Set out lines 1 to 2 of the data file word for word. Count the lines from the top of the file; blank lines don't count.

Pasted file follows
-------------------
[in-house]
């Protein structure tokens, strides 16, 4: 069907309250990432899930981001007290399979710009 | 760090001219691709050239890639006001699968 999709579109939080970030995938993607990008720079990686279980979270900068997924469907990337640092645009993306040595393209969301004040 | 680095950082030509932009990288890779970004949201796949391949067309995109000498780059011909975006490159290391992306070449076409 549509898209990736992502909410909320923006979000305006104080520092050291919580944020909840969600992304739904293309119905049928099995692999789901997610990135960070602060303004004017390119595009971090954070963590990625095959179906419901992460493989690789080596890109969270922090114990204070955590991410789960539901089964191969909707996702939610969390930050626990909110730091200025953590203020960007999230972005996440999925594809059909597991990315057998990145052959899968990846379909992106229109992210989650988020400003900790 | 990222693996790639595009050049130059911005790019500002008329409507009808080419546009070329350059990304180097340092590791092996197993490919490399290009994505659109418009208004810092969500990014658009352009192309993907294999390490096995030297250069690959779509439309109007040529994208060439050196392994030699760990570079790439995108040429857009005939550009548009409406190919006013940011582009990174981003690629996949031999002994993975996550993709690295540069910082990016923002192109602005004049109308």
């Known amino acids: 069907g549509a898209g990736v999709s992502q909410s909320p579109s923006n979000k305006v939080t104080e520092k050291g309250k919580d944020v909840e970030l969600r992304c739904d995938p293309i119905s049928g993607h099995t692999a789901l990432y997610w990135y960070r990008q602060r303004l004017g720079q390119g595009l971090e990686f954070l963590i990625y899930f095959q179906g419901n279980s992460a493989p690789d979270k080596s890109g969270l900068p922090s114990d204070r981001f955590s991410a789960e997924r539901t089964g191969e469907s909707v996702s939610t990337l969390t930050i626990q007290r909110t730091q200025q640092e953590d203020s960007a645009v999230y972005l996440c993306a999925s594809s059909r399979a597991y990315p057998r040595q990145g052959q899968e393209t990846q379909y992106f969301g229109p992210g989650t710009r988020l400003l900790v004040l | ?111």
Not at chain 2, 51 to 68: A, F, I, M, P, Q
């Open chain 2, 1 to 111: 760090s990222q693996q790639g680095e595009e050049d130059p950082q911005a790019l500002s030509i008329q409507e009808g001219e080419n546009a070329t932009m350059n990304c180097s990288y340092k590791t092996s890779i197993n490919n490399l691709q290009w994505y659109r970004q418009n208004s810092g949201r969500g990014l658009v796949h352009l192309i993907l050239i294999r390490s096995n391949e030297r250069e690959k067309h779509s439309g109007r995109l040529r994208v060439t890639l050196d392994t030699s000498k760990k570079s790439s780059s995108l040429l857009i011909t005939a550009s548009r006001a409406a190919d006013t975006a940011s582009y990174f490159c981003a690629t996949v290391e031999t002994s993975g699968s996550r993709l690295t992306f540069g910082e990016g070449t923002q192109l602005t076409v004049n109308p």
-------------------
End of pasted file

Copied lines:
[in-house]
């Protein structure tokens, strides 16, 4: 069907309250990432899930981001007290399979710009 | 760090001219691709050239890639006001699968 999709579109939080970030995938993607990008720079990686279980979270900068997924469907990337640092645009993306040595393209969301004040 | 680095950082030509932009990288890779970004949201796949391949067309995109000498780059011909975006490159290391992306070449076409 549509898209990736992502909410909320923006979000305006104080520092050291919580944020909840969600992304739904293309119905049928099995692999789901997610990135960070602060303004004017390119595009971090954070963590990625095959179906419901992460493989690789080596890109969270922090114990204070955590991410789960539901089964191969909707996702939610969390930050626990909110730091200025953590203020960007999230972005996440999925594809059909597991990315057998990145052959899968990846379909992106229109992210989650988020400003900790 | 990222693996790639595009050049130059911005790019500002008329409507009808080419546009070329350059990304180097340092590791092996197993490919490399290009994505659109418009208004810092969500990014658009352009192309993907294999390490096995030297250069690959779509439309109007040529994208060439050196392994030699760990570079790439995108040429857009005939550009548009409406190919006013940011582009990174981003690629996949031999002994993975996550993709690295540069910082990016923002192109602005004049109308």